Your motives will color your efforts in convincing others, especially the pastor and the board members about the importance of BE. Motivations vary considerably, from a genuine conviction and leading of the Spirit of God, to a desire to resolve power struggles, to a superficial interest in imitating another church. Some might be motivated to press for BE because of conflict with the pastor or with the board, or because they felt slighted for not being included in a leadership role. Others may be motivated by the perception that the pastor and/or the board are not effective or are lacking in some way. A presenting problem may serve as an impetus for leadership change, for example: the presence of a “Diotrephes” (that is, a domineering individual) or a lack of confidence for the leadership.
All of these things affect how you approach the church with the goal of leadership change. We will address each of these as we go along. However some of the implementation principles are universal regardless of your particular scenario. Examining your motive is one of them.
Honestly Evaluate Your Motivation
It is absolutely critical that your motivation is based on a clear and convincing understanding of what BE is. If you are uncertain of this we recommend going back to the tab above, “What is Biblical Eldership?” BE is not just one of many optional forms of church government; nor is it simply just a preferable kind of leadership in the church. As the term indicates, it is biblically based and reflects God’s teaching for leadership in the local church. Regardless of whether it proves to be strategically better than other forms of church government (and we think it is), the fact is that this is the pattern taught by the Word of God. Foundational to everything else in this task is the desire to be faithful to God as he speaks in his Word.
Desiring to transition to BE will probably involve an inter-play of motivations. We have prepared a worksheet to help you work through these. Here are the steps you can take to maximize the benefit of this:
- Download the “Member’s Motivation Worksheet.” Don’t just breeze through it, but think deeply about it, giving it thoughtful and prayerful consideration. Write down your answers to every question.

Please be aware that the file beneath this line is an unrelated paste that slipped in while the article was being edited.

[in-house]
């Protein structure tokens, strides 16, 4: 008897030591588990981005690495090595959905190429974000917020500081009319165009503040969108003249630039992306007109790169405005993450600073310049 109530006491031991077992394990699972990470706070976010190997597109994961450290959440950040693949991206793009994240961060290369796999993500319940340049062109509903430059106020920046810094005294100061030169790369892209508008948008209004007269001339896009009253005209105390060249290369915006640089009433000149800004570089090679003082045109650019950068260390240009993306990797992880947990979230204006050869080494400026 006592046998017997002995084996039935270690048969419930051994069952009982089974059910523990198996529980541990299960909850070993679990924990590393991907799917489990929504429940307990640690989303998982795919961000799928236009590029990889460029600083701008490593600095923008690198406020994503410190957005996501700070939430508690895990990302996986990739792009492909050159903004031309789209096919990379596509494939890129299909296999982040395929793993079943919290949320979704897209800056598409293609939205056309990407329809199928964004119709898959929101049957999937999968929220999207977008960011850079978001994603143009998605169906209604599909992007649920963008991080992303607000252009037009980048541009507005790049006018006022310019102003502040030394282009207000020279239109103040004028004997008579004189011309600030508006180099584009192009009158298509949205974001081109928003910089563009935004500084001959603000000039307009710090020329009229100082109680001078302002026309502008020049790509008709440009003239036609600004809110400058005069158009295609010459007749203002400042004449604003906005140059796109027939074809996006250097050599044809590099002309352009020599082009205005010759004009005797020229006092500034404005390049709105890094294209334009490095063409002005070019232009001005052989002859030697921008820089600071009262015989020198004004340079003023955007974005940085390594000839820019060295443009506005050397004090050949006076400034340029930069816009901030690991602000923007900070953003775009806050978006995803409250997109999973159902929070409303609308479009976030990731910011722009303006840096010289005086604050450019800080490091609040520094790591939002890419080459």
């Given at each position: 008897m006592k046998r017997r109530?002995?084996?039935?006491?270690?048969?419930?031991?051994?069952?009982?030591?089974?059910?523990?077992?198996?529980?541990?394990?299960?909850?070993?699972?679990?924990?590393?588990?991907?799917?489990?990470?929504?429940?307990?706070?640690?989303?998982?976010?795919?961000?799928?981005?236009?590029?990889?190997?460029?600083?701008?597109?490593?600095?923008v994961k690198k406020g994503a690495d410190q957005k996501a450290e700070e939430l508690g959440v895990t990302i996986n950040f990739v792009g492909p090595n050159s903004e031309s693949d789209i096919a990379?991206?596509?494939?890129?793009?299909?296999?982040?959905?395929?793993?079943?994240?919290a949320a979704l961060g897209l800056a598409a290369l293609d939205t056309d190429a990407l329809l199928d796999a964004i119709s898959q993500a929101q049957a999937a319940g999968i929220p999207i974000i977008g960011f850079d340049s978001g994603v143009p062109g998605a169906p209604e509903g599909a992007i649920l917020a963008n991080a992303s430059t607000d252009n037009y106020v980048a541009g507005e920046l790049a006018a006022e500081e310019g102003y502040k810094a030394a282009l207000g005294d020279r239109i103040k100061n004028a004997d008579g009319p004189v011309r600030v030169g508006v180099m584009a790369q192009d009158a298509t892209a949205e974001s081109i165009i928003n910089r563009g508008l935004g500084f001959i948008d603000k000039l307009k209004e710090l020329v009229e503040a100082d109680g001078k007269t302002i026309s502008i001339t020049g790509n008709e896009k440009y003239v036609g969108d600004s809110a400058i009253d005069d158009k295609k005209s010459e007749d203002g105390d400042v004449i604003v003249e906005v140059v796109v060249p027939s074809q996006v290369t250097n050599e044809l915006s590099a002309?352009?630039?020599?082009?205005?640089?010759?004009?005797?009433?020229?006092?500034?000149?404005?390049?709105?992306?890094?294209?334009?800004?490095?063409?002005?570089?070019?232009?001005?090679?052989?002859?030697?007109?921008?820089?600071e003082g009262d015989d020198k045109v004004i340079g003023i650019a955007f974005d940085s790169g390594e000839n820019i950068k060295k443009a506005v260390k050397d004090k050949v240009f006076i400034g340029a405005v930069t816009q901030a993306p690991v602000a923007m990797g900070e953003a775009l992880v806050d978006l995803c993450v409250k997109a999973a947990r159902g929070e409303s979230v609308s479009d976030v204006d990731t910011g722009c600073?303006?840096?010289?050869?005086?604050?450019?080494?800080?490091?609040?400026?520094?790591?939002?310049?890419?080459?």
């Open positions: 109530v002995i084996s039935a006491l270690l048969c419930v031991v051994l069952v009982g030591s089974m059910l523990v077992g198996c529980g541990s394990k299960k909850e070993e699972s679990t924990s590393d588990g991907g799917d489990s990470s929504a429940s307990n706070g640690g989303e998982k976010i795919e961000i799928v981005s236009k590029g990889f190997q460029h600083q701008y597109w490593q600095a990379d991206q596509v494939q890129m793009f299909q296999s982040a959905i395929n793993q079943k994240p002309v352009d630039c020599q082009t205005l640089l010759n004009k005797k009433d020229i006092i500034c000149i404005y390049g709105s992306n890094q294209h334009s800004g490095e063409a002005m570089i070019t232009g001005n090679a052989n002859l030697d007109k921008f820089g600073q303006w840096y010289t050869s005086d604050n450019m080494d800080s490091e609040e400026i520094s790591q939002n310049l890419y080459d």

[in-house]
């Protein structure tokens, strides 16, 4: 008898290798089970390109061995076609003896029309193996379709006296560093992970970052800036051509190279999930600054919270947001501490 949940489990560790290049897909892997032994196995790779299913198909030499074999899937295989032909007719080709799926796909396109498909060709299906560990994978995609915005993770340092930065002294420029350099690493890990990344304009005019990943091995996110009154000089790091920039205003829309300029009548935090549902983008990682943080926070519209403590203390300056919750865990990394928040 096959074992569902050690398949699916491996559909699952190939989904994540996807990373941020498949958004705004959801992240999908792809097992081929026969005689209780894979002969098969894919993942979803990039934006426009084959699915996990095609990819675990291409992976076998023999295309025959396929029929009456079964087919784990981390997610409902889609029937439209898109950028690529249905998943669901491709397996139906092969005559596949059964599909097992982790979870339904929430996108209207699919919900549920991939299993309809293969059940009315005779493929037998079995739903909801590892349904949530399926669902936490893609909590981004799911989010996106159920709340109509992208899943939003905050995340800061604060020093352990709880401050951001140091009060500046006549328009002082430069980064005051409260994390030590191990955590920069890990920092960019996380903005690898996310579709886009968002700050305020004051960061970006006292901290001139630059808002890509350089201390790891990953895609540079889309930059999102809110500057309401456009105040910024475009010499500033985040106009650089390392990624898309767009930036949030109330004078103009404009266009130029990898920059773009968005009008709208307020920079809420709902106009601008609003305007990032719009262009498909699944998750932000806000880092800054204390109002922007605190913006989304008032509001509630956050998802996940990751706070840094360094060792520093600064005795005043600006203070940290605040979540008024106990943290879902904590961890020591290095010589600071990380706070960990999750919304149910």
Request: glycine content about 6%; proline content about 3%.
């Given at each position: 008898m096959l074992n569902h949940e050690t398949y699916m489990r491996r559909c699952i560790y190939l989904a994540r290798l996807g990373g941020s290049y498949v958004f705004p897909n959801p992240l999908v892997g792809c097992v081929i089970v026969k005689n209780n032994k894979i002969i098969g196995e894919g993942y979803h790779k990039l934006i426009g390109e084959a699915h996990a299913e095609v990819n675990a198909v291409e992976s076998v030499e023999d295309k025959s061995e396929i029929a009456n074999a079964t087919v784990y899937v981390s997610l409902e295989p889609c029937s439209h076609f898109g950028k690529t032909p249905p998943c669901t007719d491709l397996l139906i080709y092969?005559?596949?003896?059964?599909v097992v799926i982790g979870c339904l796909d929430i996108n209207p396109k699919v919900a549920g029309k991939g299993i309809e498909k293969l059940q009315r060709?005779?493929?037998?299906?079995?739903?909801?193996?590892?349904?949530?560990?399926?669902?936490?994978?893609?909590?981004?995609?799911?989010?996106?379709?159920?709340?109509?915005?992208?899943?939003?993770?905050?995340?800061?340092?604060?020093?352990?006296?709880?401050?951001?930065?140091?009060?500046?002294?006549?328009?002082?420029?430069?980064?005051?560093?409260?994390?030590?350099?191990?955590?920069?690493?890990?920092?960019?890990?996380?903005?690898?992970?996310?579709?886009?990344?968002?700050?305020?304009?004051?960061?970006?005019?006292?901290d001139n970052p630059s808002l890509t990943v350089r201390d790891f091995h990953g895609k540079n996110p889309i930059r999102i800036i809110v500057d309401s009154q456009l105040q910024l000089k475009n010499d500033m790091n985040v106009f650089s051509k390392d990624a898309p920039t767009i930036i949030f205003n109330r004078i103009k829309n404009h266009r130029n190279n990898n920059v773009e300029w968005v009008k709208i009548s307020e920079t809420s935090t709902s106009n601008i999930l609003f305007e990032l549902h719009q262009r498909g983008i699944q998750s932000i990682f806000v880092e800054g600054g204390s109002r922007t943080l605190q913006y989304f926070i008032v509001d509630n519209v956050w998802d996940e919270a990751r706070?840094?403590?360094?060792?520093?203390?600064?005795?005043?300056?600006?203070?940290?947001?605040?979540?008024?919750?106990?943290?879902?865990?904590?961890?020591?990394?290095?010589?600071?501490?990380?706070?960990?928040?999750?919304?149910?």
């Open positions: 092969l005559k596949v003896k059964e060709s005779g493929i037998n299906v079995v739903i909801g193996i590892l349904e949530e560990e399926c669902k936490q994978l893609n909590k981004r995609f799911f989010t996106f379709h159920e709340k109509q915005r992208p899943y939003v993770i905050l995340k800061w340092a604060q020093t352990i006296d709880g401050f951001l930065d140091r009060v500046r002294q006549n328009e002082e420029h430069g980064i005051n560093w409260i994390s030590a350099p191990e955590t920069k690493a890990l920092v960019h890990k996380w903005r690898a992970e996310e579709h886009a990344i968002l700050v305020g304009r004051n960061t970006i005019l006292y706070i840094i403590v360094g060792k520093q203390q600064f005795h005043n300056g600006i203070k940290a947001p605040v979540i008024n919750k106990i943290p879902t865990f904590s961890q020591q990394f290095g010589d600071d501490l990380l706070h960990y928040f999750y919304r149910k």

- Ask someone close to you (your spouse or close friend) to give you feedback on your answers to the worksheet.
- Pray, asking God to reveal the “thought and intentions of the heart” (Heb. 4:12).
If there are any conflict issues or tensions involving anyone in a leadership role, these need to be addressed before moving on in the process. We cannot stress this enough.
Modify Your Motivation
If your motivation needs modification, we suggest the following:
- Be committed from the outset to promoting and preserving unity in the church. Change of this magnitude can inadvertently cause disunity and division if not handled properly or without pure motivation.
- Confess any sin uncovered: pride, over-sensitivity, fear, people-pleaser attitudes, envy, etc.
- Ask the Lord to help you, “be transformed by the renewing of your mind …” (Rom. 12:2) as you take, “every thought captive to the obedience of Christ” (2 Cor. 10:5b). Clear focus on the glory of the Lord and the love of his people must be the core of your motivation.
- Ask for wisdom in dealing with any conflict (open or subtle) with the current leadership. This must be addressed in a biblical manner, or your efforts will be interpreted as a power grab in the struggle of leadership. We recommend two excellent resources for working through conflict:
Agape Leadership: Lessons On Leadership by the Life of Robert Chapman, by Alexander Strauch and Robert L. Peterson (Lewis & Roth)
If You Bite & Devour One Another, by Alexander Strauch (Lewis & Roth, 2011)
The Peacemaker, by Ken Sande (Baker, 2003)
Once you have completed the motivation worksheet, it’s time to move ahead to the “Member’s Preparation” step (or click on the menu). This will help you get spiritually ready for the task in front of you.